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Thursday, 7 June 1984
Page: 2742


Senator GARETH EVANS (Attorney-General)(12.36) —No undertaking has been given publicly or privately by the Government that this legislation will not proceed. It was a matter of the Government considering very carefully just what the effect of that judgment was. There was an indication by me when the judgment came down that we were deferring the immediate introduction of the Bill that had been previously foreshadowed but there was certainly no undertaking not to introduce legislation at all. The reality is that close study of the decision showed that although the immediate issue had been resolved there were still a number of matters of acute concern to the computer industry that had not been addressed by the Full Bench of the Federal Court of Australia or on which the Full Bench of the Federal Court had divided. Accordingly, with the lodging of an appeal to the High Court of Australia, bearing in mind that division of opinion, there is very real continuing uncertainty in the industry. Against that background we made the decision that we have.

Perhaps the best way of explaining the limitations in terms of scope of the Full Court of the Federal Court decision is by my seeking leave to incorporate in Hansard a brief table which indicates the provisions in the Bill by reference to how they were dealt with in the appeal in the Apple case demonstrating, I think quite clearly and succinctly, just how many matters the Bill addresses and needed to address for the sake of removing uncertainties that were not in fact dealt with, for one reason or another, in the decision and, accordingly, which justifies rather swift legislative intervention of the kind we are now making. I seek leave to incorporate that table in Hansard.

Leave granted.

The table read as follows-

Apple Computer v Computer Edge

IMPLICATIONS OF FULL FEDERAL COURT DECISION FOR COPYRIGHT AMENDMENT BILL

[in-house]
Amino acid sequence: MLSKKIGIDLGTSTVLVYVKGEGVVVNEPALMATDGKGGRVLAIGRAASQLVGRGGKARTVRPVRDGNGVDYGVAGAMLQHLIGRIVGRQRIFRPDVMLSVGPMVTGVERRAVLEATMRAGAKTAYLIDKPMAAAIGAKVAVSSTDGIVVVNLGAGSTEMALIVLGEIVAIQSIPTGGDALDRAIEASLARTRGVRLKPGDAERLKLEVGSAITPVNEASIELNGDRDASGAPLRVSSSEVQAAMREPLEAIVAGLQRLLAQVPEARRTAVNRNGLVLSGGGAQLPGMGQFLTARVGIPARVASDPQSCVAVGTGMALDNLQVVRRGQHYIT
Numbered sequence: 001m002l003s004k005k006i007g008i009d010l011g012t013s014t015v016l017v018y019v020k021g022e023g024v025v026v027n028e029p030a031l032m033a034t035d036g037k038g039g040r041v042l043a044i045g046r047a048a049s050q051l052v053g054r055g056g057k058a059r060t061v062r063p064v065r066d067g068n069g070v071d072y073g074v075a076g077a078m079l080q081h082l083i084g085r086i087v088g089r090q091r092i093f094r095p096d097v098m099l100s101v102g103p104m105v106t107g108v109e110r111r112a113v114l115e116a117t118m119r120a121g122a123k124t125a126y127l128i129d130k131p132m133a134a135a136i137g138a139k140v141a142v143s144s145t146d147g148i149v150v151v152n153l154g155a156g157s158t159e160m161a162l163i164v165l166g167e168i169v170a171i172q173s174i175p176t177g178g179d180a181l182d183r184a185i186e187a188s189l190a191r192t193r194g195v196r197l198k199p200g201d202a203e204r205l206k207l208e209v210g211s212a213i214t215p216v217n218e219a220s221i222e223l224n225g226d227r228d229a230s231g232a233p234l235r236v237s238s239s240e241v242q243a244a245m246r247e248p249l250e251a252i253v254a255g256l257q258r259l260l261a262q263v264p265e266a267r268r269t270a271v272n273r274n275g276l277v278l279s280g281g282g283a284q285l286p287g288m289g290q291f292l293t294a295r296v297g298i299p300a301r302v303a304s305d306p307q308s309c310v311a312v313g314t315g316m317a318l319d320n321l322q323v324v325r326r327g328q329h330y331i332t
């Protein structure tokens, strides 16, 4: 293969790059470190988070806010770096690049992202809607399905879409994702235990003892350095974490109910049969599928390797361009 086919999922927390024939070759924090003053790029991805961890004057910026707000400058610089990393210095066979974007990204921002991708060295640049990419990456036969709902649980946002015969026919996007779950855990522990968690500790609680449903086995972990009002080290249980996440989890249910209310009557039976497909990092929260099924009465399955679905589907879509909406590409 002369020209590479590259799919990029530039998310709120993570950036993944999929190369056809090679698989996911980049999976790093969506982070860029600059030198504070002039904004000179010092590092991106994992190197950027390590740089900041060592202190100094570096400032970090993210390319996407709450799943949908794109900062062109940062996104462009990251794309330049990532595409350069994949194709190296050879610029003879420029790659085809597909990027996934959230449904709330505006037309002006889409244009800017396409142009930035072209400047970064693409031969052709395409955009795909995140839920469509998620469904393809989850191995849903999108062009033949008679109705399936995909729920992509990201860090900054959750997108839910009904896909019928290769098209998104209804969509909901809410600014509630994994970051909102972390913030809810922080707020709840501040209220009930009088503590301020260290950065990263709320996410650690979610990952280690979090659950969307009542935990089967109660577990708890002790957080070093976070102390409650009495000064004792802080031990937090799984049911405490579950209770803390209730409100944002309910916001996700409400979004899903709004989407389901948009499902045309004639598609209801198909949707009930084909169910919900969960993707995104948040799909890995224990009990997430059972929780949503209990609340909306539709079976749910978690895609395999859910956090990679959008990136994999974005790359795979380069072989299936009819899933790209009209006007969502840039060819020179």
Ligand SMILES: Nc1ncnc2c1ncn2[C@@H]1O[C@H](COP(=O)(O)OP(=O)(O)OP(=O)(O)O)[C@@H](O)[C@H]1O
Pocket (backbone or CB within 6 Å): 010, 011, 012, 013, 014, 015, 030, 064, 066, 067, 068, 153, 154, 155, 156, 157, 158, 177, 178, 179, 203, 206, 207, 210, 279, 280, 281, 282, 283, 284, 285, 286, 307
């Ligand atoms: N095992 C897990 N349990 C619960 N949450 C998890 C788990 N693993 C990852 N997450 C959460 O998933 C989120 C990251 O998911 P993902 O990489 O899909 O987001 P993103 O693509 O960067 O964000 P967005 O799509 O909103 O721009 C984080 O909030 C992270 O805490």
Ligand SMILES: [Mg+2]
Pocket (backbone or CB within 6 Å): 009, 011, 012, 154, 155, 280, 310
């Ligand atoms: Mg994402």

Provision in Bill

How issue dealt with in Apple appeal

S.3 (b)-''computer program'' defined

No definitive treatment of concept of computer program, though much explanation.

S.3 (f)-definition of ''literary work'' to be amended-

to remove requirement for visible form in respect of tables and compilations;

Not addressed. Apparent existing requirement for fixation in writing in case of compilations may be important to databases built up from contributions of many authors.

to include computer programs, whether in source code or object code;

All 3 judges held that source code was proper matter for protection as an original literary work Two judges did not think it necessary to decide whether object code might of itself be protected as an original literary work, whilst the third found that object code was not so protected. (But see 'adaptation' below).

to include a compilation of computer programs

Not addressed. There may accordingly be doubt as to whether a computer program which is an arrangement of existing subroutines, in itself qualifies for protection.

S.3 (a)-''adaptation'', in relation to a computer program, defined to include translations between computer source and object languages.

By a majority of 2:1 the Court held that object code was an adaptation of source code.

S.3 (c) and (e)-''infringing copy'' re-defined-

to remove anomaly that article imported with permission might technically be an infringing copy.

Not addressed.

to ensure that copies of adaptations are covered.

Not addressed.

S.3 (g)-''material form'' defined. The concept has relevance both to the '' making'' or fixation of original works, and to the making of reproductions of works.

The majority judges regarded embodiment of the Apple object programs in Wombat ROM's as embodiment in a material form. The reasoning used would appear to apply equally to ''material form'' in the context of fixation.

S.4-Presumption created that making of back-up copy permitted.

Not a matter considered by Court.

S.5-Transmission of program by telephone deemed to be ''supply'' for purposes of existing S.132.

Not considered by Court. Such result not likely to be achieved judicially.

S.6-New offence of advertising supply created, and transmission deemed to be '' supply''.

Not a matter for Court.

S.7-Transitional provisions to confer copyright protection on existing programs, but make clear acts done prior to amendments not thereby to be infringements.

Copyright already applies to computer programs, hence now clear that past acts were infringements and copies created are infringing copies.